Here in Collin County, we take it for granted that we have high-speed broadband. And for good reason: nearly everyone in the county, 97.6%, have access to at least 100 mbps (megabits per second) wired broadband at home. Besides giving us the opportunity to “Netflix and chill” on Friday nights, fast internet access enables access to telemedicine, allows students to attend school remotely, enables our many white-collar workers to work productively from home, and generally participate in the 21st Century economy.
But for many rural Texans, including those in the newly-redistricted CD-3 and CD-4, broadband isn’t available. And even in Collin County, economically-disadvantaged residents, often single moms or persons of color, cannot afford broadband. In 2020, when many Collin County school districts shifted to remote or hybrid learning as a COVID safety measure, parents without broadband had to allow their children to use their mobile phone as a hotspot, which often did not provide enough speed or bandwidth to support multiple students trying to log into their remote learning platforms.
The Biden Administration’s Infrastructure and Jobs Act, passed in December of last year, will help with this. Every state will receive at least $100 million to expand broadband access, and some states can get more based on need. There is also a voucher program that provides a permanent $30 per month subsidy to help low-income people pay for broadband. The broadband part of the Infrastructure and Jobs Act will be implemented by Commerce Secretary Gina Raimondo.
President Biden’s and Congressional Democrats’ efforts to provide broadband to all Americans (no Texas Republicans voted for the Act) contrasts with Texas Republican efforts to deny broadband to thousands of Texans. According to Luis Acuña in the Texas Tribune, a policy analyst with the public policy nonprofit Texas 2036, nearly one million Texans cannot access broadband, and another three million cannot afford broadband.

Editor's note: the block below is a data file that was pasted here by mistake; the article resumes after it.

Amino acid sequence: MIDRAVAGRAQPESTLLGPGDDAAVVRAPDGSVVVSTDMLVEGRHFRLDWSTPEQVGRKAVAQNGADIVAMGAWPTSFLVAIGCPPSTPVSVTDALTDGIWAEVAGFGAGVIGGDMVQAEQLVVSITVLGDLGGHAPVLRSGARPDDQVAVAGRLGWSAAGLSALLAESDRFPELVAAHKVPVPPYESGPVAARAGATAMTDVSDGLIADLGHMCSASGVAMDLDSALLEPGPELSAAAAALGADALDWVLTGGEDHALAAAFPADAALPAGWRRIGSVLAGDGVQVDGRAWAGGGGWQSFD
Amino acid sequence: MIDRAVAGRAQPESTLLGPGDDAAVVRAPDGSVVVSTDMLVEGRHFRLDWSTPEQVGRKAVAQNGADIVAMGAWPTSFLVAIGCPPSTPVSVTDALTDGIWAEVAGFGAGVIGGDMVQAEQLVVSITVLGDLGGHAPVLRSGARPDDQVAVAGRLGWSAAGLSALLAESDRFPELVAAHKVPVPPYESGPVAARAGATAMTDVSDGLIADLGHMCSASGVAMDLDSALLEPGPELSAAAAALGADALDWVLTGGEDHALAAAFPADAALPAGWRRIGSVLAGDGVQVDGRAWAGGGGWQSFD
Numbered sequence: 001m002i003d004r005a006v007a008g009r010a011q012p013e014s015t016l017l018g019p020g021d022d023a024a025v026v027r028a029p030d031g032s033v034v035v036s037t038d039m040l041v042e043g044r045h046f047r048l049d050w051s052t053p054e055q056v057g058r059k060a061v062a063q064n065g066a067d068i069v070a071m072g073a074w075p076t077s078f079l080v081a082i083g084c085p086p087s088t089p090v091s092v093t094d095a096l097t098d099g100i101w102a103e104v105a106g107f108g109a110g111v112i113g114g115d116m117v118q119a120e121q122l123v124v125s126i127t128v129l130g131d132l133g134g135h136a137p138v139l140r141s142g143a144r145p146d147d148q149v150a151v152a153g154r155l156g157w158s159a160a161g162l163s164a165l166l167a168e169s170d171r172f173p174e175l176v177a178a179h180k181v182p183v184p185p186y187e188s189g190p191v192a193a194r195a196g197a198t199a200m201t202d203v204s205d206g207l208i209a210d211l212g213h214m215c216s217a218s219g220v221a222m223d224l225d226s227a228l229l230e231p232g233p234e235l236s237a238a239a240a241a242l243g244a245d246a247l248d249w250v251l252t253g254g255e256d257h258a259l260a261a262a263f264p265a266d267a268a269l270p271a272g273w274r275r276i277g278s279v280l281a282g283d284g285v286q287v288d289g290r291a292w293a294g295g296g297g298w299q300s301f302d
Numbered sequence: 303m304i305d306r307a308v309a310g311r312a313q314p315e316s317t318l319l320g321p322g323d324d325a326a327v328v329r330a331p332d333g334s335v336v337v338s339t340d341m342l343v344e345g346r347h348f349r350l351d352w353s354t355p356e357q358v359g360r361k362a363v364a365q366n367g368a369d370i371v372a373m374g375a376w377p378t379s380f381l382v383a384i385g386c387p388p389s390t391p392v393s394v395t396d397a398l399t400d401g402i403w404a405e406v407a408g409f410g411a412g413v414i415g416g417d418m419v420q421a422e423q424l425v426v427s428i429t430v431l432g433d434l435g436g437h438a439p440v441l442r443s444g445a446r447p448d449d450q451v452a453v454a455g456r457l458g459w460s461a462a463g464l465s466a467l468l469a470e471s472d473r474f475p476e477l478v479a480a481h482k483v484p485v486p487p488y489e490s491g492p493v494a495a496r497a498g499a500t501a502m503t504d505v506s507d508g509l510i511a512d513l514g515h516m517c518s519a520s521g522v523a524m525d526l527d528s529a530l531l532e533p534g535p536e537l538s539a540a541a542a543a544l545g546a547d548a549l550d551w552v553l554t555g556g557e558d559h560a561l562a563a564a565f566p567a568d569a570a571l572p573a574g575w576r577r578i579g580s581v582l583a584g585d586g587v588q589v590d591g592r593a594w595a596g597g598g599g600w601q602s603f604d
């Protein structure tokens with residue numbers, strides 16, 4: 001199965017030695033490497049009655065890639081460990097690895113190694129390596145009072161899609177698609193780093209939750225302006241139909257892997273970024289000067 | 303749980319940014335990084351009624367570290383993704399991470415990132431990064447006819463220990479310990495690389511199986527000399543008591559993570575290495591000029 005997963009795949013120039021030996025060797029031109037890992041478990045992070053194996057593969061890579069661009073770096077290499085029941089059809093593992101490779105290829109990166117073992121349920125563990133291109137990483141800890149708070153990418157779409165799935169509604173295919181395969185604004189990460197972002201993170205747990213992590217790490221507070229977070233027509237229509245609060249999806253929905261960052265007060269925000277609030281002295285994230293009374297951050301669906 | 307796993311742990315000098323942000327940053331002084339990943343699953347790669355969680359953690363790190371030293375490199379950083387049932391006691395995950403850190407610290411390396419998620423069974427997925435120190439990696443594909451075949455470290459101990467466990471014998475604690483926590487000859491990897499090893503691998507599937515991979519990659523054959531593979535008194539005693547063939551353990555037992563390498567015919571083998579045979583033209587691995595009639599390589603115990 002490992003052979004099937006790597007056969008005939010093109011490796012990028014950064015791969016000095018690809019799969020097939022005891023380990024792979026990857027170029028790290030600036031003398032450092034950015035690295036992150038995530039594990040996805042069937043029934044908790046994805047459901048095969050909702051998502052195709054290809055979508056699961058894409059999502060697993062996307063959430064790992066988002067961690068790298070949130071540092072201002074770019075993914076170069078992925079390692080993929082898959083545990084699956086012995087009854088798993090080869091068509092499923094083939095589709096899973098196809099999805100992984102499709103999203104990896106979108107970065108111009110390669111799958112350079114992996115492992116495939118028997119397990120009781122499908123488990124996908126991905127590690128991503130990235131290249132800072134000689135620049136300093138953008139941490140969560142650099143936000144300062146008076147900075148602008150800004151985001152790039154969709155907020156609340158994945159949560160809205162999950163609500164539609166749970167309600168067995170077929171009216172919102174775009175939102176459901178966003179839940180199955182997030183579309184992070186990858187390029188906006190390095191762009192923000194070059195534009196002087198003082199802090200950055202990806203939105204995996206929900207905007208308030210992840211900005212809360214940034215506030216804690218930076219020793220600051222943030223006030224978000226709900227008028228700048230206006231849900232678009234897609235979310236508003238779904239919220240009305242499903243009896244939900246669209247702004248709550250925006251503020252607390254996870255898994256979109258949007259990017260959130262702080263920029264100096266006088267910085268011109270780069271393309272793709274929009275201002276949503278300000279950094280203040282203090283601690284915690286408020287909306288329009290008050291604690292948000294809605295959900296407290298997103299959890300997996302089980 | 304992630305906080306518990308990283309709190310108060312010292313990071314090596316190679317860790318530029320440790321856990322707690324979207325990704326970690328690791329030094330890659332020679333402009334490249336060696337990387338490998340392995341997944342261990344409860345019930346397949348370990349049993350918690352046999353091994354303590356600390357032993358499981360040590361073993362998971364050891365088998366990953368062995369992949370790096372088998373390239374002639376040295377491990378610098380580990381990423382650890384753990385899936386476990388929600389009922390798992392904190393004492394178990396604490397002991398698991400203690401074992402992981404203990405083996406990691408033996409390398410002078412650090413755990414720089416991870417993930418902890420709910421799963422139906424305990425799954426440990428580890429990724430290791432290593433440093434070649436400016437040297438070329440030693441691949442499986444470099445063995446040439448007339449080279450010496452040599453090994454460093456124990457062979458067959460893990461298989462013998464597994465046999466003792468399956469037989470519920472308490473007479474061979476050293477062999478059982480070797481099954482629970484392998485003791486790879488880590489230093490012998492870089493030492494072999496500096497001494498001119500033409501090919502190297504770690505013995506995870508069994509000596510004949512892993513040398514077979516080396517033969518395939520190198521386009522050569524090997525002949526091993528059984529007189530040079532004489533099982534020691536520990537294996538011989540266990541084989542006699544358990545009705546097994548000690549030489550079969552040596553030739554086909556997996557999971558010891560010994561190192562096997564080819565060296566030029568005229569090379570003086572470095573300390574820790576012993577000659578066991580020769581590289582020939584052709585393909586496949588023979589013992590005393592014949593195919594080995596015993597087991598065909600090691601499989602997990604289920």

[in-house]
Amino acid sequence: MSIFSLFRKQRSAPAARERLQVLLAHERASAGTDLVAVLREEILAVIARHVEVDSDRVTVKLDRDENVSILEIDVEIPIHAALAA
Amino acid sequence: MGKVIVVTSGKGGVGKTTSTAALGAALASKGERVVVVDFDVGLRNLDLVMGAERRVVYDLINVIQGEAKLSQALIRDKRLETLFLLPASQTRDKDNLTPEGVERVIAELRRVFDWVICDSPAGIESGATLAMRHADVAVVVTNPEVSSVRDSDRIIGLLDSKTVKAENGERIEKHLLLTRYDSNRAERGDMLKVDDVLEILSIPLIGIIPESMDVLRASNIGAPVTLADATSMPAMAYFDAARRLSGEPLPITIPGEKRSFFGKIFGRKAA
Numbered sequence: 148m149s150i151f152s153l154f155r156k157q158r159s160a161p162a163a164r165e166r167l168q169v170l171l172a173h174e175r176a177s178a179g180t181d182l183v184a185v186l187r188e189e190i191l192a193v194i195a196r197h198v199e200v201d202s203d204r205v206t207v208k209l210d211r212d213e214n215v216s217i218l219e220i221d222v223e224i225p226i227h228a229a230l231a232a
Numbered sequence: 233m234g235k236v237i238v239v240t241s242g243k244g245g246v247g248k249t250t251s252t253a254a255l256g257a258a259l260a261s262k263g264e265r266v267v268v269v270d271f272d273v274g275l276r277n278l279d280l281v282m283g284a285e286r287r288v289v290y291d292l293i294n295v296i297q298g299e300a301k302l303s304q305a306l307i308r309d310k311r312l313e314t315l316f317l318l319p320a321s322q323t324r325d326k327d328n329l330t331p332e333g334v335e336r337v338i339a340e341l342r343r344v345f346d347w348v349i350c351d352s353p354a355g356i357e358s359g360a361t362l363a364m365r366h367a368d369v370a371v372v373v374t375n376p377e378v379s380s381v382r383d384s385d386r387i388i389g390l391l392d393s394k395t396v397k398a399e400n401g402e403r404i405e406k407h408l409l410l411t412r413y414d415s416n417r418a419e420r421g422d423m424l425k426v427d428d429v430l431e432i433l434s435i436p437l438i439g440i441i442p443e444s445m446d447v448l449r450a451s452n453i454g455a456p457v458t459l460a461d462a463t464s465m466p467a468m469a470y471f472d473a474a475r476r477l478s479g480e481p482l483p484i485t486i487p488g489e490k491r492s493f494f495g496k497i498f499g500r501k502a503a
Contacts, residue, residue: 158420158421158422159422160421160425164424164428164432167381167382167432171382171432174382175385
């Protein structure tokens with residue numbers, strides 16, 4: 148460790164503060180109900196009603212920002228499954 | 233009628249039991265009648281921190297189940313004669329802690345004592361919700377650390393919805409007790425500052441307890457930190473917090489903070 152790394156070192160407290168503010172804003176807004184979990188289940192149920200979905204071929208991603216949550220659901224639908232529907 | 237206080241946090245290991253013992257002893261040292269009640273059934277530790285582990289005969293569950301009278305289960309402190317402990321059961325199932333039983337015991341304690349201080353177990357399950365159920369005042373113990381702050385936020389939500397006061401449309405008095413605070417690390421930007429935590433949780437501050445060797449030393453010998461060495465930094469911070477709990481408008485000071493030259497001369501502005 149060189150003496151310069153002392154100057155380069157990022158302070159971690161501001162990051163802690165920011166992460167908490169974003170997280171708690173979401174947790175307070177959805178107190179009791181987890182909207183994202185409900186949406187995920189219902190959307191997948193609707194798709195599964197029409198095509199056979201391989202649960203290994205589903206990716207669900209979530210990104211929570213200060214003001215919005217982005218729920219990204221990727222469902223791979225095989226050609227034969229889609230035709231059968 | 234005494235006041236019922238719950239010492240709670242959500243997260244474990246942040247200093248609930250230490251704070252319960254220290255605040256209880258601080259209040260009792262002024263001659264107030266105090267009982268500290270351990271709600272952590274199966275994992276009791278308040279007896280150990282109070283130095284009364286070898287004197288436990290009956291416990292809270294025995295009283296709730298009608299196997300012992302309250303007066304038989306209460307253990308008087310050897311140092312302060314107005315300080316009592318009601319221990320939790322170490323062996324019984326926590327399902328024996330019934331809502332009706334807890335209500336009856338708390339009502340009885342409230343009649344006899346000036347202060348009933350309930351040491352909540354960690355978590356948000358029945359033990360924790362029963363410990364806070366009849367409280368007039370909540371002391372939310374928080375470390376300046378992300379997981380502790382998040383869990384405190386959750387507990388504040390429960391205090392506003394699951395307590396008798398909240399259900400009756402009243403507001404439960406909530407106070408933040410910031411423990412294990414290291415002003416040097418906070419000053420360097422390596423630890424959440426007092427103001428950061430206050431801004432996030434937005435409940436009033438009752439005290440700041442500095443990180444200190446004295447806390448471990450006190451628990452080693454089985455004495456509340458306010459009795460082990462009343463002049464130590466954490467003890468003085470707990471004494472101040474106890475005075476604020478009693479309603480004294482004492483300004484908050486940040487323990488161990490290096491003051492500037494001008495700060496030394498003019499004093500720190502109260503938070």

Instead of helping Texans, last year Abbott vetoed a bill that would have helped replenish the Universal Service Fund, which supports telecommunications and internet services for more than 1 million rural Texas households. Abbott argued the bill “would have imposed a new fee on millions of Texans.” One of Abbott’s primary opponents, former state Senator Don Huffines, is a vocal opponent of the Universal Service Fund, calling it a “redistribution of wealth,” and while still a Senator, tried to kill the program.
Access to broadband internet is no longer a "nice to have" luxury, it is just as important to 21st Century Texans as electricity and clean water. Doc Shelby, former Vice Chair of the Hunt County Democratic Party and Democratic candidate for US Congress, commented that broadband means “telemedicine for our senior citizens, supporting rural emergency services , access to the global markets for small businesses, running diagnostics on new tractors and attracting new corporations to the rural communities.” Texas Republicans view ensuring all Texans have access to broadband as “redistribution of wealth,” but Democrats will deliver for Texans and all Americans.